Today’s article is about logic. And where better to start than with our childhood? As a kid, our logic has not yet been shaped by all types of rules. For example, an adult would not answer the question “What do you want to be when you grow up?” with “A motorcycle riding cowboy that paints houses!”
Sometimes, because of the lack of bounds put on a child’s logic, they come up with amazing thoughts. Paula Poundstone says that the reason parents are always asking their kids what they want to be when they grow up, is because the parents are looking for ideas.
As kids grow, caring for others begins to be added to the logic of satisfying immediate needs. When I came home one night to see my son eating a cookie, I reminded him that he was not supposed to eat snacks before dinner. He responded with, “Well Sarah (his sister) ate one first!” So I gave the standard parent response of “If Sarah jumped off of a bridge, would you?” His answer was not what I expected, “Well of course, I would have to save her!”
At this point in his life, we had done a fair amount of canoeing. Bridges went over rivers, he knew how to swim, and he looked out for his sister. Based on his knowledge so far, his response made perfect sense.
As we go through school logic starts to follow the “Everybody else is doing it” motto. We need to wear a certain brand of jeans and join in certain activities in order to fit in with the group we want to be like.
Part of this logic follows us into the business world. We read the technical journals and business articles to see what everyone else is doing. Not only does this stop us from making mistakes that others have already discovered, but it helps us learn best practices and take advantage of new ways of doing things. The logic as adults is slightly different than teenagers in that now we start to not only understand the “how” of what everyone else is doing, but also the “why”. That way we can make sure that what others are doing makes sense for our situation.
So when we notice that all of the business articles are still telling us we have to be on “The Cloud”, we as business people want to understand the why. We are not just going to get “The Cloud” because everyone else we know has it.
The following is a list of three characteristics of “why” it might make sense to move to “The Cloud” based on how you use your computers.
Constantly Changing Demand – an advantage of using cloud resources is that you are not stuck with the equipment you purchase. If you have your own equipment, the number of users you can support is based on the equipment you own. Buy more equipment than you need and it is wasted. Do not buy powerful enough equipment and your systems are either too slow or just plain fail. In the cloud you can use as many machines as you need, adding more capacity (often in seconds) only as you need it. If your computing needs are fairly steady, then these advantages do not help you.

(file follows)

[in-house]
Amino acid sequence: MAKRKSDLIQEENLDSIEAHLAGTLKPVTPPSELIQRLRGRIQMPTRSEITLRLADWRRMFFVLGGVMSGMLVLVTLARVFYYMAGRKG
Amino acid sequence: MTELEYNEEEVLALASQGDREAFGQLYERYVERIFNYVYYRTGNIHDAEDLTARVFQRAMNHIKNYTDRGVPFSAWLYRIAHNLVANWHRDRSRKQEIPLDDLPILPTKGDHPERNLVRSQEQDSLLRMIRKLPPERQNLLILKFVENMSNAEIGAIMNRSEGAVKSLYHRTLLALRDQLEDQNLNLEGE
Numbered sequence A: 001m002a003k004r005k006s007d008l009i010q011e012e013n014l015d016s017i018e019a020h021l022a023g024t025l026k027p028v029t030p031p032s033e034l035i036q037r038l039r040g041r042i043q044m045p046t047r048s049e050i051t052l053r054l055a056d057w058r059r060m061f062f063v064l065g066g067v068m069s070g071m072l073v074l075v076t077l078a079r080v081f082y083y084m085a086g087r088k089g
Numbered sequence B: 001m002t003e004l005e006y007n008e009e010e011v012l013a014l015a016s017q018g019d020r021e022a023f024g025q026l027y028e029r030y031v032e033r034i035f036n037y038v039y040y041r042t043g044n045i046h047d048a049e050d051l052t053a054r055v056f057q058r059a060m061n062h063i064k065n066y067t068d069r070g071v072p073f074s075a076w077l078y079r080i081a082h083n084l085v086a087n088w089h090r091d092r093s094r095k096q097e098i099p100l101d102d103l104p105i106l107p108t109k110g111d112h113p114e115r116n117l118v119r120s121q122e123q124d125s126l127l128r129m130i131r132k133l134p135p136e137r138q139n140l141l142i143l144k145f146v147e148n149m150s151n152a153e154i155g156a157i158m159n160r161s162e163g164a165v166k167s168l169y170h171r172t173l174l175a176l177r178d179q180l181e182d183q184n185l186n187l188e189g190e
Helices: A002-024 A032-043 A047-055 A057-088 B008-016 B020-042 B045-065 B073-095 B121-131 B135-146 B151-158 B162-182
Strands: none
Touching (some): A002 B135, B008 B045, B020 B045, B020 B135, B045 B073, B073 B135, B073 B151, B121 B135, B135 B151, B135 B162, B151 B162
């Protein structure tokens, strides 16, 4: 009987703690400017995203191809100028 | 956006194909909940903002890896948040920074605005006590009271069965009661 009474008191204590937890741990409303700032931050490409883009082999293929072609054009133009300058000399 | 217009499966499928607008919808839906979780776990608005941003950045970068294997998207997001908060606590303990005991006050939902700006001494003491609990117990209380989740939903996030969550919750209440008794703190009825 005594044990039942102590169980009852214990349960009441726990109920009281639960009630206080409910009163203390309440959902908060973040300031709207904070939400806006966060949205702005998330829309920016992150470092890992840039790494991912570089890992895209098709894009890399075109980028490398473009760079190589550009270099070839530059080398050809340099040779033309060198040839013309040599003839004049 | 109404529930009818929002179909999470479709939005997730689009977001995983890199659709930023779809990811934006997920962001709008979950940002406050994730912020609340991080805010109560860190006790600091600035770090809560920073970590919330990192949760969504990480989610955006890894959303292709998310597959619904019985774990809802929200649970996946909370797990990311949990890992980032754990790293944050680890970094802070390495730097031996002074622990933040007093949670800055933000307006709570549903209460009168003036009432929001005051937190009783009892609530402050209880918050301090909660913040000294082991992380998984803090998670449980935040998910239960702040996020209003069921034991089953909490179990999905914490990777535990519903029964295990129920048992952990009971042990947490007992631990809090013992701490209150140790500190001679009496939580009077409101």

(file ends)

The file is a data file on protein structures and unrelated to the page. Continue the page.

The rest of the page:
Distributed Users – If your users are spread all over the country or even the globe, moving your applications to a cloud service can instantly make them available everywhere that your cloud provider has data centers. The costs are drastically reduced over trying to replicate something similar yourself. If your users are in a single location, cloud deployment may not provide the best return on investment.
Distributed Workload – If your application can run better by spreading the work over many machines, the ability to quickly add more machines as required makes the cloud an ideal place to run your application. If the design of your system relies on a single database that can only handle more users and transactions by using a more powerful machine, you may not get the results you hope for in the cloud.
Understanding the “why” is as important as the “how” when determining which technologies will best help our businesses to succeed. Don’t be the one that wanted to be like, or maybe even a little better than everyone else. Don’t be the one that thought if one cloud is good, more clouds are better. It’s thinking like that that can lead to “A Storm”.